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did not stay long with the firm. 

Curtiss was then selling OX engines to England but it was soon discovered that they did not deliver the rated 90 horsepower and Curtiss was in trouble, so he coaxed Kirkham to come to Hammondsport to see if he could find ways to get these engines up to rated power. 

In April, 1915 announcement was made that Kirkham was associated with the Curtiss Motor Company at Hammondsport. Following his investigations Kirkham advised Curtiss that a re-design of the engine would be required to obtain the advertized rated power output. As a result Kirkham redesigned both the OX and the larger Model V engines and supervised their manufacture [[strikethrough]] to follow [[/strikethrough]]

The first revised OX engines were completed in early 1916 and delivered the rated power. First known as the OX-2 it later became the OX-5 with further Kirkham development and various optional equipment. These engines were extensively used in trainers during World War I and thousands of them were produced. Known for their reliability and low cost they were used for several years for sport and general flying after the war. Also during 1916 Kirkham designed and supervised the construction of the Curtiss Vee-12 cylinder 250 H.P. engine, using the cylinders and many interchangable parts of the Model V-8, but this engine did not go beyond the experimental stage due to its bulk and weight.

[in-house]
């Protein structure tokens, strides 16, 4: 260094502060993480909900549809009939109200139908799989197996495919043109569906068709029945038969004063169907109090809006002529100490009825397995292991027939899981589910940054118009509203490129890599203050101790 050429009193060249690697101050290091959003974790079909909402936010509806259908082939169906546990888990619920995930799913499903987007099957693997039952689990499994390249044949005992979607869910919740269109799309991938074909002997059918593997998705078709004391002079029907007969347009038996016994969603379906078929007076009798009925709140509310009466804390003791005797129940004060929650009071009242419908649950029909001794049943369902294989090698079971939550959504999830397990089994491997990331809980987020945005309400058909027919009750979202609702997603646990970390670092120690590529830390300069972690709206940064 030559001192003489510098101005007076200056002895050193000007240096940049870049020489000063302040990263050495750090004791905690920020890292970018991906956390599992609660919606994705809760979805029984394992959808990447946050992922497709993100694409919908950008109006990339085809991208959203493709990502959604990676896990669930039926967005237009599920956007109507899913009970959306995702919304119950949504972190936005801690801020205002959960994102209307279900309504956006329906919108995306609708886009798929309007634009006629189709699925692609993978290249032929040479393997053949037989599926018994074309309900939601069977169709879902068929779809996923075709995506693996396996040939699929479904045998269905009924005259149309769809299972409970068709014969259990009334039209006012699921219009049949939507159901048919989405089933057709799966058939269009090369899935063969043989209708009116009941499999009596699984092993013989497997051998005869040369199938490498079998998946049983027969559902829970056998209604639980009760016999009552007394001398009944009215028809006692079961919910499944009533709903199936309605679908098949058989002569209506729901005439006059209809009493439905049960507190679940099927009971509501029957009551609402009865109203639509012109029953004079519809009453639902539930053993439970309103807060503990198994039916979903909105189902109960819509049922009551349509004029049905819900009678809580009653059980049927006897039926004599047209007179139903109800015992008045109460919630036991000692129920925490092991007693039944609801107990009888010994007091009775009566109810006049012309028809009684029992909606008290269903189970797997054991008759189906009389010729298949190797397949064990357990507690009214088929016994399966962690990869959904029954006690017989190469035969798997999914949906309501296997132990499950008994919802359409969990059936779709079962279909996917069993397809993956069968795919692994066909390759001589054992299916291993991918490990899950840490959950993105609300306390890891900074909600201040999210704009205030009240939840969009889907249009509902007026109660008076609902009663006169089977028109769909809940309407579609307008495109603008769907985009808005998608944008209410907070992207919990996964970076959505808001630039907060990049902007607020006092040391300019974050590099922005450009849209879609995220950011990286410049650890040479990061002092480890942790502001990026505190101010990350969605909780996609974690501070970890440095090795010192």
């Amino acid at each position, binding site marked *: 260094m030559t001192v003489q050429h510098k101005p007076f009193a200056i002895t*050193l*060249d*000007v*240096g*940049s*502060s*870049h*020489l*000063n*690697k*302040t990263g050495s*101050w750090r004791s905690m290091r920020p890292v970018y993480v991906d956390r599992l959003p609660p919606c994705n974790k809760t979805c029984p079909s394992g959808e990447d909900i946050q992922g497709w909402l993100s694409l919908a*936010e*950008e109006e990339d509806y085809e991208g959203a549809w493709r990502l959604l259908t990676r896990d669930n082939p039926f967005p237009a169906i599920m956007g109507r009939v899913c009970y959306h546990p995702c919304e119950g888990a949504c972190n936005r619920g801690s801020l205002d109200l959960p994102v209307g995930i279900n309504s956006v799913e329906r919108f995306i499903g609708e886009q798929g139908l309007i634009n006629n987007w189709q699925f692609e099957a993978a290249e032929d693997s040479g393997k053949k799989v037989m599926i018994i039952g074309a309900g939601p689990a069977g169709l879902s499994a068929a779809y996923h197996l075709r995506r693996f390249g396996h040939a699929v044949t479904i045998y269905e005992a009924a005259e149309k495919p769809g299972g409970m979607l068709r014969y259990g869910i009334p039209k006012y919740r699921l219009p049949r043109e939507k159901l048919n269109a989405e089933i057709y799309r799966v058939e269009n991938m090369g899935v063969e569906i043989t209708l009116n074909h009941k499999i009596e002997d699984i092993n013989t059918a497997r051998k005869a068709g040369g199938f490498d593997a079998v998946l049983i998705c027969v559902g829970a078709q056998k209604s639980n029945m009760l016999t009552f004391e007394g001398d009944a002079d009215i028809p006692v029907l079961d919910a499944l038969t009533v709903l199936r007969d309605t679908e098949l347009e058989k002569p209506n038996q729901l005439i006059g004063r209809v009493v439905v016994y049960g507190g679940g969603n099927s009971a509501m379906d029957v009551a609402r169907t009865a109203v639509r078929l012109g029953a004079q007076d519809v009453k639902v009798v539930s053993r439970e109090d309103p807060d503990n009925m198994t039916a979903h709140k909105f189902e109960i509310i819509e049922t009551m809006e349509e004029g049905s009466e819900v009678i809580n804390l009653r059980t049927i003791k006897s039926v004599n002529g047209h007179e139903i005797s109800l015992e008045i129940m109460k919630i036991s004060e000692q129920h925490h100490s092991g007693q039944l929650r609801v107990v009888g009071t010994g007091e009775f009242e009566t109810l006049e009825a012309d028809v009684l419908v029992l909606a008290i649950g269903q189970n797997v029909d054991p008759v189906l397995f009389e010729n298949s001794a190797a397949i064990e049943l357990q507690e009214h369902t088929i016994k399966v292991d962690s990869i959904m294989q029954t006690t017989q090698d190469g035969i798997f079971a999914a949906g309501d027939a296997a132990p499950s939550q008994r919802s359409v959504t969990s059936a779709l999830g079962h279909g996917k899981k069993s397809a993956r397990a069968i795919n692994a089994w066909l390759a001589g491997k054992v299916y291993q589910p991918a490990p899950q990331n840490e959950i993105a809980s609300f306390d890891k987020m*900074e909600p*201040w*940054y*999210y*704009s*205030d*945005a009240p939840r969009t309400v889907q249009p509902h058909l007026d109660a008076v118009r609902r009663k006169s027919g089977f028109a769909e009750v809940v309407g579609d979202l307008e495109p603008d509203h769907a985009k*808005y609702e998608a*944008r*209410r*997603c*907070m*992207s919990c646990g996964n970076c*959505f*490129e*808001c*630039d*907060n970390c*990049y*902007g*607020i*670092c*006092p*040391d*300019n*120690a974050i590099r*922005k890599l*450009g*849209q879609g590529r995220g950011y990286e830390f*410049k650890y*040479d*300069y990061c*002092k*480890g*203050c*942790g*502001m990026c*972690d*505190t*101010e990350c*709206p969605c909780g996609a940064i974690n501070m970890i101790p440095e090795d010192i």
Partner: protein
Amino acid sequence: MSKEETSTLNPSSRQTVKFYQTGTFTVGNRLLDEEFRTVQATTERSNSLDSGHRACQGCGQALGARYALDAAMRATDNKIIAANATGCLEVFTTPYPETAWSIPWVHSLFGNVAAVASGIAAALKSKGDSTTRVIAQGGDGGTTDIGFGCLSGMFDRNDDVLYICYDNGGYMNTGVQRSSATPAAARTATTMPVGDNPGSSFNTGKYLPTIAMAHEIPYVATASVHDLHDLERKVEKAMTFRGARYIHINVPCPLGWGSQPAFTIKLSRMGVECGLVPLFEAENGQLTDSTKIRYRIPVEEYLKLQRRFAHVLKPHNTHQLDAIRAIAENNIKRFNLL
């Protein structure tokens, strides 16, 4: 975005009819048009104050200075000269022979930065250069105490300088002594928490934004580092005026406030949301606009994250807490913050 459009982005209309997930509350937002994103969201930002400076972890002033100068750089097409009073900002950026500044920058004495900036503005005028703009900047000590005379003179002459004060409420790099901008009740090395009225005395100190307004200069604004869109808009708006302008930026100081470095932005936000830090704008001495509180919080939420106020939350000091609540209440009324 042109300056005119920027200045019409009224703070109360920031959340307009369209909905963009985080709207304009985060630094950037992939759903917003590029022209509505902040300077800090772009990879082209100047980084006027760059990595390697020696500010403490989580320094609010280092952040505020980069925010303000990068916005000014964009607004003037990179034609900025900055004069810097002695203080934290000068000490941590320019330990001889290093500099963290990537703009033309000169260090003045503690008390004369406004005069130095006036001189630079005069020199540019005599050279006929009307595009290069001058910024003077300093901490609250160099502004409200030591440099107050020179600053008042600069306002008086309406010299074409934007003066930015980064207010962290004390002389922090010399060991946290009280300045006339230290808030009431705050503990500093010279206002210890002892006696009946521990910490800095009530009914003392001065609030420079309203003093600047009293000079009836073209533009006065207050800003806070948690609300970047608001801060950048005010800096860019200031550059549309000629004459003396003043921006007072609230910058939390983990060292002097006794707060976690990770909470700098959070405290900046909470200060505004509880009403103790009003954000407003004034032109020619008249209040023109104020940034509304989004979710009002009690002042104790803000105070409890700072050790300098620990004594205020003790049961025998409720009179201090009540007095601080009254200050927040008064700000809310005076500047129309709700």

The market for high-performance military aircraft was developing rapidly. The Wright-Martin Corporation was starting the Hispano-Suiza engine program so Kirkham and Curtiss decided to undertake a bold approach for an all new advanced military engine. Kirkham designed this new engine which was ready for first tests in April, 1917. Known as the Curtiss Model AB it was of aluminum en bloc construction with [[strikethrough]] wet [[/strikethrough]] steel cylinder liners and had 4 valves per cylinder actuated directly by an overhead camshaft. It had 4-inch bore, 5-1/2-inch stroke and developed 300 H.P. at 2250 R.P.M., with a reduction gear to reduce the propeller speed, but weighed 725 pounds, which Kirkham felt was too heavy for the power developed. As a result the engine was redesigned with 1/2-inch larger bore and stroke (4 1/2 x6) and every effort was made to reduce weight. Known as the Curtiss D-1200 this engine developed 375 H.P. at 2500 R.P.M. and weighed 625 pounds. 

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